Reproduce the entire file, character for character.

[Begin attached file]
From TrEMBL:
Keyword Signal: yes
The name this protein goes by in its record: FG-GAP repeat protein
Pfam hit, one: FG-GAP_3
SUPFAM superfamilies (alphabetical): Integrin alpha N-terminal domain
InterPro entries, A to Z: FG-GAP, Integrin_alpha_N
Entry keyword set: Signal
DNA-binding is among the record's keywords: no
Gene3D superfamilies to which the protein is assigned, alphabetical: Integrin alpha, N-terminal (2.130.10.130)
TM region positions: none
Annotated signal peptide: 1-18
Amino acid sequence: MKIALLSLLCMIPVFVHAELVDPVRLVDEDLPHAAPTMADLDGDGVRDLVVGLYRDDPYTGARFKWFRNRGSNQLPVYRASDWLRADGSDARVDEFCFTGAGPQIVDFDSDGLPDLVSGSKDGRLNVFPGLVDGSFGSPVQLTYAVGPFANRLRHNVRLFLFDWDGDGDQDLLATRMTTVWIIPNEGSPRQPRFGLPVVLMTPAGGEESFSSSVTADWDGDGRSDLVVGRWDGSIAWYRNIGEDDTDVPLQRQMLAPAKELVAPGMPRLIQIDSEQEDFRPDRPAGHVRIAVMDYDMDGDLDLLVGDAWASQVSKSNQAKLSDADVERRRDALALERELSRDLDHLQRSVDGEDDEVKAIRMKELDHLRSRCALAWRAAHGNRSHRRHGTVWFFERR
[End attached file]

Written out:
From TrEMBL:
Keyword Signal: yes
The name this protein goes by in its record: FG-GAP repeat protein
Pfam hit, one: FG-GAP_3
SUPFAM superfamilies (alphabetical): Integrin alpha N-terminal domain
InterPro entries, A to Z: FG-GAP, Integrin_alpha_N
Entry keyword set: Signal
DNA-binding is among the record's keywords: no
Gene3D superfamilies to which the protein is assigned, alphabetical: Integrin alpha, N-terminal (2.130.10.130)
TM region positions: none
Annotated signal peptide: 1-18
Amino acid sequence: MKIALLSLLCMIPVFVHAELVDPVRLVDEDLPHAAPTMADLDGDGVRDLVVGLYRDDPYTGARFKWFRNRGSNQLPVYRASDWLRADGSDARVDEFCFTGAGPQIVDFDSDGLPDLVSGSKDGRLNVFPGLVDGSFGSPVQLTYAVGPFANRLRHNVRLFLFDWDGDGDQDLLATRMTTVWIIPNEGSPRQPRFGLPVVLMTPAGGEESFSSSVTADWDGDGRSDLVVGRWDGSIAWYRNIGEDDTDVPLQRQMLAPAKELVAPGMPRLIQIDSEQEDFRPDRPAGHVRIAVMDYDMDGDLDLLVGDAWASQVSKSNQAKLSDADVERRRDALALERELSRDLDHLQRSVDGEDDEVKAIRMKELDHLRSRCALAWRAAHGNRSHRRHGTVWFFERR